- Nobby Asks For Help: Team Talk reports that Nolberto Solano "believes the Peru fans will have a big part to play when they host the Copa America next week. Our supporters must stay calm and stick with us. They must not lose faith, because their support is very important to us if we are going to do well in the Copa America."

- The Stars Attend: FIFA's news reporting headlines: 'European stars head Peru challenge.'Nolberto Solano and [Captain] Claudio Pizarro "will spearhead host country Peru in the Copa America." CITED: Vice President of the country David Waisman and President of the Peruvian football federation Manuel Burga; Julio Velasquez (a member of the Peruvian 2006 World Cup committee).

- Reuters offers photos of the Brazilians in Arequipa and the Paraguayans still in Asuncion.

- Luringancho Copa: Reuters reports on a soccer tournament inside Luringancho jail where "the Hijackers snatched victory from the Robbers on Friday when inmates of South America's biggest jail staged their own Copa America final, four days before the real soccer tournament kicks off in Peru." BAD LUCK?: "Argentina" beat "Peru" 2-1 on penalties in the prison's sports stadium. CITED: Wilfredo Pedraza Sierra, (head of the National Penetenatiary Institute). Team Nicknames: Colombia - drugs dealers; Ecuador - thieves. HOWEVER: The Associated Press reported this story in early June (see 'Copa Luringancho' in June 10's Peruvia. This Florida newspaper still has a photo/caption from that event.) Reuters accompanies today's story with several photographs from Luringancho jail. Reuters mispells the name ('Lurigachos') and refers to it as "South Americas biggest jail."

More Electricity: Dow Jones reports that "Peru's electricity production totaled 2,015.4 gigawatt- hours in May, a 4.4% increase compared to the same month a year earlier," according to the National Society of Mining, Petroleum and Energy said Friday, using data from the Energy and Mines Ministry. NOTE: "Electricity production has strengthened alongside growth in the economy."

Sheepherder from Huancayo: Colorado's Durango Herald profiles Aldo Quiñones Inga, a sheepherder from Huancayo who "will be alone with [3,500] sheep until October." NOTE: "Taking care of sheep can be a nomadic existence. In order to provide them with enough food to fatten them up for selling season, [they are herded] high into the mountains. Then Quiñones Inga [will be alone] with an Akbash sheepherding dog named Big Boy and a horse named Jim." ALSO: "He also has three older brothers, who have herding jobs of their own in Idaho, Colorado and Utah."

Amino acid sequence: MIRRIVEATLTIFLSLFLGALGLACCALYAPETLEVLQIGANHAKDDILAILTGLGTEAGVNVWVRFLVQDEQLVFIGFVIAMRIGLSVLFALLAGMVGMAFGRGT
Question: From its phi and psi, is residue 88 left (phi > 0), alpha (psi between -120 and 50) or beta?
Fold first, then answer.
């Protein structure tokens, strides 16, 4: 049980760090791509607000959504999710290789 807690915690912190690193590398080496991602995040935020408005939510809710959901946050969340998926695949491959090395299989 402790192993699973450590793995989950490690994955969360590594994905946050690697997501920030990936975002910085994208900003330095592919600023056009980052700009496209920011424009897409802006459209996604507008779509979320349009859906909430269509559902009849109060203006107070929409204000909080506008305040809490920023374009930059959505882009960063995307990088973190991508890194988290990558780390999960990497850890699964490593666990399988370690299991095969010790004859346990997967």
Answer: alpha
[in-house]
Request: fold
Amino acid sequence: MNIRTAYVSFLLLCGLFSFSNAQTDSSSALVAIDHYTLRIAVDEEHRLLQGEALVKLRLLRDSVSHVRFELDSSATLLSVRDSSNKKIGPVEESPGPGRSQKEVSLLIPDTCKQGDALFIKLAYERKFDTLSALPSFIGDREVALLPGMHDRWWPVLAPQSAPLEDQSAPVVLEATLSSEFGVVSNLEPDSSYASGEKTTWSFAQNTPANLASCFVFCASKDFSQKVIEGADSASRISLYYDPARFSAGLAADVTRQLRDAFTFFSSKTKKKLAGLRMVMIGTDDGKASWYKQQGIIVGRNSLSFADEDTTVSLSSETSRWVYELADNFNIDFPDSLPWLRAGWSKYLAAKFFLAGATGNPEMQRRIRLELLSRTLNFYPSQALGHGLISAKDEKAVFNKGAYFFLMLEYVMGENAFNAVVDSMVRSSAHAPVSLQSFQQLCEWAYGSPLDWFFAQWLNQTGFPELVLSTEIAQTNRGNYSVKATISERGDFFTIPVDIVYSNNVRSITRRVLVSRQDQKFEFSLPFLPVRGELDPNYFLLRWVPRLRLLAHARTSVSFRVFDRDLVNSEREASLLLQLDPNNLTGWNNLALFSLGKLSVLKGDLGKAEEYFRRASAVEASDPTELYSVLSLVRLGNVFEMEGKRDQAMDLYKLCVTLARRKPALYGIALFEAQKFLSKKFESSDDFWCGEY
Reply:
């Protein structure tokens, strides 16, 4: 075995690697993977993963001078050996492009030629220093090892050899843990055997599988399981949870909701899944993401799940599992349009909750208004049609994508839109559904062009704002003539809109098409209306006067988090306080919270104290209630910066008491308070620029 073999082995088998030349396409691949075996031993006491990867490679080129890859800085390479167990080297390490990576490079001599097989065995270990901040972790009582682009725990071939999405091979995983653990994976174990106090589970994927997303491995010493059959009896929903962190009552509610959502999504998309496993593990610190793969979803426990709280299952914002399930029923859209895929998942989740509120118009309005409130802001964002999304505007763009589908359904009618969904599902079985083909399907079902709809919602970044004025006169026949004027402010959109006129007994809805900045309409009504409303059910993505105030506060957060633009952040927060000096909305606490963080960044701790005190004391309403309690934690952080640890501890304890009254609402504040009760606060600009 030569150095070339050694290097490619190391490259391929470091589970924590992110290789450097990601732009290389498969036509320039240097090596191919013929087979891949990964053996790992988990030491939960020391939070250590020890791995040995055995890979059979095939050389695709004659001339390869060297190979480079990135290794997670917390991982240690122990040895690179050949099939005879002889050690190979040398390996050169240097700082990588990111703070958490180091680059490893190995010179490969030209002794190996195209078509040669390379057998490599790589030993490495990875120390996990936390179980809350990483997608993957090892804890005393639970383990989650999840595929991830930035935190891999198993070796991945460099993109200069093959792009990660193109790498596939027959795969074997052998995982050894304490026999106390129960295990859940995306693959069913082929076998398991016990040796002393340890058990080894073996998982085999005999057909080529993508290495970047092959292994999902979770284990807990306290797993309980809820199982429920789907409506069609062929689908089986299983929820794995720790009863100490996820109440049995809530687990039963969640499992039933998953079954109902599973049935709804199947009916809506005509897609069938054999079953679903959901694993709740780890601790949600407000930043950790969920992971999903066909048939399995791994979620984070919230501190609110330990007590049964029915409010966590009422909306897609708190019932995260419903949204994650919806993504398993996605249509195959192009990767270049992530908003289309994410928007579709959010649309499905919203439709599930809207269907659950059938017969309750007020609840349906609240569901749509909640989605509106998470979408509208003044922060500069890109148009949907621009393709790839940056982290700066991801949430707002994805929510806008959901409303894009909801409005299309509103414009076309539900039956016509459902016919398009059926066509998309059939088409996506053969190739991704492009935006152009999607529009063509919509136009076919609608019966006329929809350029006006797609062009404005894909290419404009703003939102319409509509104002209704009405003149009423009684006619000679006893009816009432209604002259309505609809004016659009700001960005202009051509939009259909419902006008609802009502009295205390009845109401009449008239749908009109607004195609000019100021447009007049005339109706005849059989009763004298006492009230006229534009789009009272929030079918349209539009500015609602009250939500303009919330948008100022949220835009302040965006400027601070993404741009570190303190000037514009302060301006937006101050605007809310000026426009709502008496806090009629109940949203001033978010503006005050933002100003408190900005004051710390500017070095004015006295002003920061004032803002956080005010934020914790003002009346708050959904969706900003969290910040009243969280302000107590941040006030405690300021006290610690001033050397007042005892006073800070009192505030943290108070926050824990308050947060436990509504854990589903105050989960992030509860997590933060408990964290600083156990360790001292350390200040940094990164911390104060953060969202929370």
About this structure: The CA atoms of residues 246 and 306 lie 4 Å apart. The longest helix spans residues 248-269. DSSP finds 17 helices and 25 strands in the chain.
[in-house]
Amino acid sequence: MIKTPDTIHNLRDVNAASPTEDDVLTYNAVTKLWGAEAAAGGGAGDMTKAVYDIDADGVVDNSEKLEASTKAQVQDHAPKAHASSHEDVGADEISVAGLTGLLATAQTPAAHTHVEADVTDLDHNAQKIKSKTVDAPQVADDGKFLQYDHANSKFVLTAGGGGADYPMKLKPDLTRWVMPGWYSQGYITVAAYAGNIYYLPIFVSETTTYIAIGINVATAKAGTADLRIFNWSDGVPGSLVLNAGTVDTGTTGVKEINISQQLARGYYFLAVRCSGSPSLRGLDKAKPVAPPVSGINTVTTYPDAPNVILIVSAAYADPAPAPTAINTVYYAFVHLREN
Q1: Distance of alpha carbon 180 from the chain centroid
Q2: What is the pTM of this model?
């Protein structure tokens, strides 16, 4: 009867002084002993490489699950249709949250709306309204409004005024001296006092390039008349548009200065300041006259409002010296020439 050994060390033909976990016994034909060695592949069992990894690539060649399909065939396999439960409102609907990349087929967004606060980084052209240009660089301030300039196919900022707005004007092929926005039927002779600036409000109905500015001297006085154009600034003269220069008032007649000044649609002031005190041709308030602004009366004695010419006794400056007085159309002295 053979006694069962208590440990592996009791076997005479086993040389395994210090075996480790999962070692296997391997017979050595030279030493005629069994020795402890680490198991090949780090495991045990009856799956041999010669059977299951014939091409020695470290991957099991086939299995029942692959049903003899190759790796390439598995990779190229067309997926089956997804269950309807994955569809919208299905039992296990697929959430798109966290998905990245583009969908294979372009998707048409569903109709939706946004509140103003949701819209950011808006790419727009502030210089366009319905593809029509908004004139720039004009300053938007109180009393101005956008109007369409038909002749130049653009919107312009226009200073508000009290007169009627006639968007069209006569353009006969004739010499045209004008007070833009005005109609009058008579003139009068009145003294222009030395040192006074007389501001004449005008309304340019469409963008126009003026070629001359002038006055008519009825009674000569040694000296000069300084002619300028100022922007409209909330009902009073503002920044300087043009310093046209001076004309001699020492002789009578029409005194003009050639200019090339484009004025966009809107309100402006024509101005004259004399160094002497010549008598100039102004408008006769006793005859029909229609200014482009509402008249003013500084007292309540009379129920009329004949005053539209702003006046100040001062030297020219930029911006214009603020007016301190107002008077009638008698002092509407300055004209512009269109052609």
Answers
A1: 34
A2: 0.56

Falun Gong in Peru: The Epoch Times (a pro-Falun Gong paper) reports on China's policy to “intensify the campaign [against Falun Gong] overseas, collect more information and prevent protests.” It lists cases in countries around the world and includes this on Peru: "In addition to reporting telephone eavesdropping, Falun Gong practitioners in Peru have reported that the Chinese Embassy has ordered local Chinese newspapers to withhold articles that introduce Falun Gong, has persuaded a newspaper to publish articles slandering Falun Gong, and has asked news stands to stop selling Falun Gong books."

Asparagus Wars, cont.: The Associated Press and Washington State television station KAPP file short stories on 'Asparagus Woes' about Peruvian crops hurting the Washington economy.

La Chica in Madrid: The Guardian offers an essay by their correspondent in Madrid, writing on how summer differs there. She includes this: "When all else fails, the middle-class Madrid family falls back on la chica, 'the girl'. La chica is an Ecuadorian, Peruvian or Colombian immigrant who, despite the name, may be aged anywhere between 18 and 60. She is a cleaner, nanny and, sometimes, cook. In posher parts of town, and one apartment in my building, she must wear a maid's uniform. La chica is the key to summer survival. For it is she who takes the kids to the park in the early morning, cooks them their lunch, finds their Gameboys and turns the telly on in the afternoon."

Alicia Dibos Tries Again: New York's Journal News profiles Alicia Dibos, the former LPGA Tour veteran who is now an assistant at Winged Foot Golf Club. She missed the cut in the 2004 U.S. Women's Open at 7-over 149. Dibos is happily semi-retired and "last played a full schedule on tour in 2001."

LAN Airlines & the Atacama Crossing: The LAN Airlines announced in a press release that they are sponsors of the inaugural Atacama Crossing (not online when Peruvia tried it), "part of Racing The Planet's 1000-kilometer endurance racing circuit spanning four deserts on four continents on foot, including the coldest, the hottest, the driest and the windiest places on earth."